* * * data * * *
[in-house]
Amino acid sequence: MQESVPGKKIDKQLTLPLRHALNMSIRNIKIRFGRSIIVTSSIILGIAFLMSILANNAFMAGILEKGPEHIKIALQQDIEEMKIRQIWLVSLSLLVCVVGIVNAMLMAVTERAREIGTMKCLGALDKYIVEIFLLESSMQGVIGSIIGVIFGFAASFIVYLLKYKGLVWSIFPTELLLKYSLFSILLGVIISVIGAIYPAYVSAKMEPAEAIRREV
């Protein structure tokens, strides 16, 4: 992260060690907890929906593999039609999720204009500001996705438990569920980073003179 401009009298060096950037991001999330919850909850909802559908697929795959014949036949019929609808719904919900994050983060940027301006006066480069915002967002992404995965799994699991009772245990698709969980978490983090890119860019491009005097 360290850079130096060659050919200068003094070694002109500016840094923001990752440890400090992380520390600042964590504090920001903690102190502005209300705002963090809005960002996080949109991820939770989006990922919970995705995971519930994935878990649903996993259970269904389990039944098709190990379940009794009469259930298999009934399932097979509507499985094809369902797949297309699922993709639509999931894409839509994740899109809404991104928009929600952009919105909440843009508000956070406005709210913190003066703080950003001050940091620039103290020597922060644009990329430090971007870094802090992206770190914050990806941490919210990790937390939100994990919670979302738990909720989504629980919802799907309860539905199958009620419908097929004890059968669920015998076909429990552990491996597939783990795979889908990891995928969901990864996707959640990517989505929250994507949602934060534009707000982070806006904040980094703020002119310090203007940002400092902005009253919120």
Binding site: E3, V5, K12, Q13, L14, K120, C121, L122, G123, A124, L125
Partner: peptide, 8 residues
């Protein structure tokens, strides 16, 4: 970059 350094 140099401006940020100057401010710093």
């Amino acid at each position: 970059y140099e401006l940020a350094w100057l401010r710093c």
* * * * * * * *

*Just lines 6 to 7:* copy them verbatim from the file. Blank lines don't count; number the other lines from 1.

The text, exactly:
């Protein structure tokens, strides 16, 4: 970059 350094 140099401006940020100057401010710093």
């Amino acid at each position: 970059y140099e401006l940020a350094w100057l401010r710093c």